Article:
Abbreviations: MEL, microemulsion liquid; MEG, microemulsion gel; EG, emulsion gel; SF, phase separation; SP, Sorbitan monooleate-Span 80®; TW, Polysorbate 80-Tween 80®; BT, 1-butanol.

Figure 1B shows the pseudoternary diagram with delimited domains from the diagram points and aqueous titrations. The formulations were preselected from the ME liquid region to study the SP/TW/BT. Analysis of the phase behavior indicated that large range surfactant compositions produced stable systems. When the domain surfactant concentration was below 55%, some instability and phase separation were also observed, indicating that these surfactant concentrations could not balance high proportions of aqueous and oily phases (Figure 1B). Formulations 1–16 exhibited characteristics of ME liquid (Figure 2A), whereas the formulations of 17–36 exhibited characteristics of ME gel or phase separation (Figure 2B).

Figure 2 Formulations of study system SP/TW/BT [4.2/4.8/1.0] of 36 points with divergent equilibrium characteristics. Microemulsion liquid (A), microemulsion gel or phase separation (B).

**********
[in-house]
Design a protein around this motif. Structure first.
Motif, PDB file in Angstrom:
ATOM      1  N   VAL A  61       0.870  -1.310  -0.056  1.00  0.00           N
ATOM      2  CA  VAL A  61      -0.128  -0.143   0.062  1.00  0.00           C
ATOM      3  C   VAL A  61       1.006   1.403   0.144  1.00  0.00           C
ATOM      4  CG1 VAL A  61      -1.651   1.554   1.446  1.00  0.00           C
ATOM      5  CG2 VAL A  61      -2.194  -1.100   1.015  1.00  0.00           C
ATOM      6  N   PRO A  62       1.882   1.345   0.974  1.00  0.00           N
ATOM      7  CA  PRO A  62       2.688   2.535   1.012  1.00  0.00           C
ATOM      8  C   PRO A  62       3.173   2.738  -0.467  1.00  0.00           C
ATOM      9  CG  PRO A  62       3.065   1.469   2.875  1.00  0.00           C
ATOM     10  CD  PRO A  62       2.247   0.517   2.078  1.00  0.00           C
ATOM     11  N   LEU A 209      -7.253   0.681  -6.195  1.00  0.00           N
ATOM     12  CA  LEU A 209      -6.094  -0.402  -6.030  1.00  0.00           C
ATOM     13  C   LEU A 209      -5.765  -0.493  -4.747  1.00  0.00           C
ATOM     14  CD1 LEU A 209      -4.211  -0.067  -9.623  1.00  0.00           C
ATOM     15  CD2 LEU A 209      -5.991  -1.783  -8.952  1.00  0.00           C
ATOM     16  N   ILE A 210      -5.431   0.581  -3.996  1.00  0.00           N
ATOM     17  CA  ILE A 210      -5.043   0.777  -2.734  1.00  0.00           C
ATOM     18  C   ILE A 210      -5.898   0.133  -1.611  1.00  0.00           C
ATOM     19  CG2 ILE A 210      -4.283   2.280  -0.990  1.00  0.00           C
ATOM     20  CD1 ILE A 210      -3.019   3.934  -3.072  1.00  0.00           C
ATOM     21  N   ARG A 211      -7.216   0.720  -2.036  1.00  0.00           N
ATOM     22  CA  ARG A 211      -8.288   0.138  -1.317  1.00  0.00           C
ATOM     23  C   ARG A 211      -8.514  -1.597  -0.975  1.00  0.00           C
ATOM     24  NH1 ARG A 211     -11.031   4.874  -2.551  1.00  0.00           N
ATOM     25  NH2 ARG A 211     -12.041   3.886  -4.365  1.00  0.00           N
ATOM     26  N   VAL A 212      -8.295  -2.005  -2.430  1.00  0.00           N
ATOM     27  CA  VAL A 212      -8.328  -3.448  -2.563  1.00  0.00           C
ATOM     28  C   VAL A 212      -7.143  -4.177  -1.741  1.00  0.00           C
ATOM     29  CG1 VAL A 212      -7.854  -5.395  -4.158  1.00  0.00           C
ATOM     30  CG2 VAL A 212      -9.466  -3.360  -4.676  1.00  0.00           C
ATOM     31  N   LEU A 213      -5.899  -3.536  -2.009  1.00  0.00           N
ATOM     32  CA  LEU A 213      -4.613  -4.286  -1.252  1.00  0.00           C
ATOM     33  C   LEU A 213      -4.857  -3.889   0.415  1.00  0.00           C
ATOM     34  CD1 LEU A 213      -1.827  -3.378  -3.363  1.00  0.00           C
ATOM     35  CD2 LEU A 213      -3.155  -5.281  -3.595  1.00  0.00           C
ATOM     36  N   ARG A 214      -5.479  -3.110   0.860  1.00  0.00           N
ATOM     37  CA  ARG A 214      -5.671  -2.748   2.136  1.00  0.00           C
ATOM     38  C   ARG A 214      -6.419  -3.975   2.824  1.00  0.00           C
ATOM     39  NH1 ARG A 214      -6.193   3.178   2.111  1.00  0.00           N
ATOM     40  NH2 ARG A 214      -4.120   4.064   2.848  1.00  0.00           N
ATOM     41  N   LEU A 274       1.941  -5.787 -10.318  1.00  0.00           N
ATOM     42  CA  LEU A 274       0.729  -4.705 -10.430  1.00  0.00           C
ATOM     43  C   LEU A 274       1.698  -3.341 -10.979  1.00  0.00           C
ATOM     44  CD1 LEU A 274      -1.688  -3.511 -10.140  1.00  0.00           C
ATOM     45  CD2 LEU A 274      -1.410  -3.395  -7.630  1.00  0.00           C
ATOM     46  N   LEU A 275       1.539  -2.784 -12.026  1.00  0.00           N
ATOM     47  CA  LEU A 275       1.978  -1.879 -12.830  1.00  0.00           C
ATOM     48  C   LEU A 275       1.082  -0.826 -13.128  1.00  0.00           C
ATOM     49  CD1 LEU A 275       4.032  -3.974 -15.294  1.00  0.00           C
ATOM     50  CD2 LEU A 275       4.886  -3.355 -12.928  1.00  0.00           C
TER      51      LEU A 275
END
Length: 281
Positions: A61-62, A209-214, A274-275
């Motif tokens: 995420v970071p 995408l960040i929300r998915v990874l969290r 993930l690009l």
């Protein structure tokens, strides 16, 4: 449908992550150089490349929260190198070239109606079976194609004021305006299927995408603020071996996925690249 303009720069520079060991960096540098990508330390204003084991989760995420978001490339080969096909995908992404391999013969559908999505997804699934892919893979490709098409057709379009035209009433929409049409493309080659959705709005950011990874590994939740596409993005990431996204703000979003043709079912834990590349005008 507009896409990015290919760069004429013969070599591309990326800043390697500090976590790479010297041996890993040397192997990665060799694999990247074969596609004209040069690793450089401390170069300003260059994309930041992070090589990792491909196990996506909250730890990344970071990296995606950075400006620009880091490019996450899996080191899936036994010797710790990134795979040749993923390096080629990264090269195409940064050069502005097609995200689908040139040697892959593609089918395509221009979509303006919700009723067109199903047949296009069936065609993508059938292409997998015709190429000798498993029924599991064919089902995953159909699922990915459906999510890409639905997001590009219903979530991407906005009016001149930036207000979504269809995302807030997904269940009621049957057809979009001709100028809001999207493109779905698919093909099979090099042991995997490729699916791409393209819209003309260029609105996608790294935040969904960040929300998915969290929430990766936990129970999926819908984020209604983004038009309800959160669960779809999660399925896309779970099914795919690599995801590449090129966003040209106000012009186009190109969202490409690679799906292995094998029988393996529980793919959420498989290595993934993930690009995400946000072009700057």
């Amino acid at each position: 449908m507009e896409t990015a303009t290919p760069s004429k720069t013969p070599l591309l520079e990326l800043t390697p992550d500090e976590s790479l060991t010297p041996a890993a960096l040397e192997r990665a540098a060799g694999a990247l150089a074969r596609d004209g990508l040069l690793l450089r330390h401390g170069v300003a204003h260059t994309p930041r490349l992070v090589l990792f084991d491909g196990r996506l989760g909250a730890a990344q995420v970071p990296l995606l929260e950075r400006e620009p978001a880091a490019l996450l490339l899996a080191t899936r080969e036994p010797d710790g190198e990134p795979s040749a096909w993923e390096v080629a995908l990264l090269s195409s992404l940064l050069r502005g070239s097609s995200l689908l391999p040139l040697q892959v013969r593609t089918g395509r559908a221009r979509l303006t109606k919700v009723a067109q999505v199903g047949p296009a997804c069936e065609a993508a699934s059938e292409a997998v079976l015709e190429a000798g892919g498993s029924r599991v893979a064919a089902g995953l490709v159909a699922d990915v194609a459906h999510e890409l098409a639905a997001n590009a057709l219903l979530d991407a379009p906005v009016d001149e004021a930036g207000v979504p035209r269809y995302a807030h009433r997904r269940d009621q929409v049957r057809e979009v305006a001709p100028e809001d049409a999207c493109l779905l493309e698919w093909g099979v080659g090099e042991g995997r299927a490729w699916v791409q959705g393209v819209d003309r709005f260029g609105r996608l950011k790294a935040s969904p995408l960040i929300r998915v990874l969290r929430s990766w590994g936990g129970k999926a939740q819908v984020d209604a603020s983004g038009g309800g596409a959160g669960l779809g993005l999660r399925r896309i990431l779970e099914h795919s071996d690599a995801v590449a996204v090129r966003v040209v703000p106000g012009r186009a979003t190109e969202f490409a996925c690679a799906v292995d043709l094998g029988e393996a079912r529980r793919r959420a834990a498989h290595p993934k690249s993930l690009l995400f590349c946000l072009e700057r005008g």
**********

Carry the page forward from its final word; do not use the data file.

Abbreviations: SP, Sorbitan monooleate-Span 80®; TW, Polysorbate 80-Tween 80®; BT, 1-butanol.

Rheological characterization

Formulations 12B, 13B, 14B, 15B, and 16B were observed to show nonlinear flow and viscosity (Figure 3A and B), and these formulations were discarded. The stable formulations (1B, 2B, 3B, 4B, 5B, 6B, 7B, 8B, 9B, 10B, and 11B) present in the flow curve began at the origin and then exhibited linear ascending and descending behavior (Figure 3A). This behavior indicates that the formulations are Newtonian fluids. Viscosity was similar between the formulations and ranged from 0.20 to 0.40 Pa. Formulation 5B demonstrated increased viscosity (Figure 3B).

Figure 3 Flow curves (A) and formulation viscosity (B) during the preliminary stability period (25°C).

Figure 4 demonstrates data for stable formulation viscosity variation versus temperature scanning. The viscosity changed with temperature. All of the formulations displayed a gradual reduction in viscosity with increased temperature. For temperatures below 20°C, the MEs demonstrated fluctuations in viscosity, indicating less uniformity and a greater tendency to destabilize, whereas at temperature between 20°C and 45°C, the formulations demonstrated linear and stable flow curves.

Figure 4 Viscosity curves with respect to temperature (5°C–45°C) for stable formulations with the SP/TW/BT system.
Abbreviations: SP, Sorbitan monooleate-Span 80®; TW, Polysorbate 80-Tween 80®; BT, 1-butanol.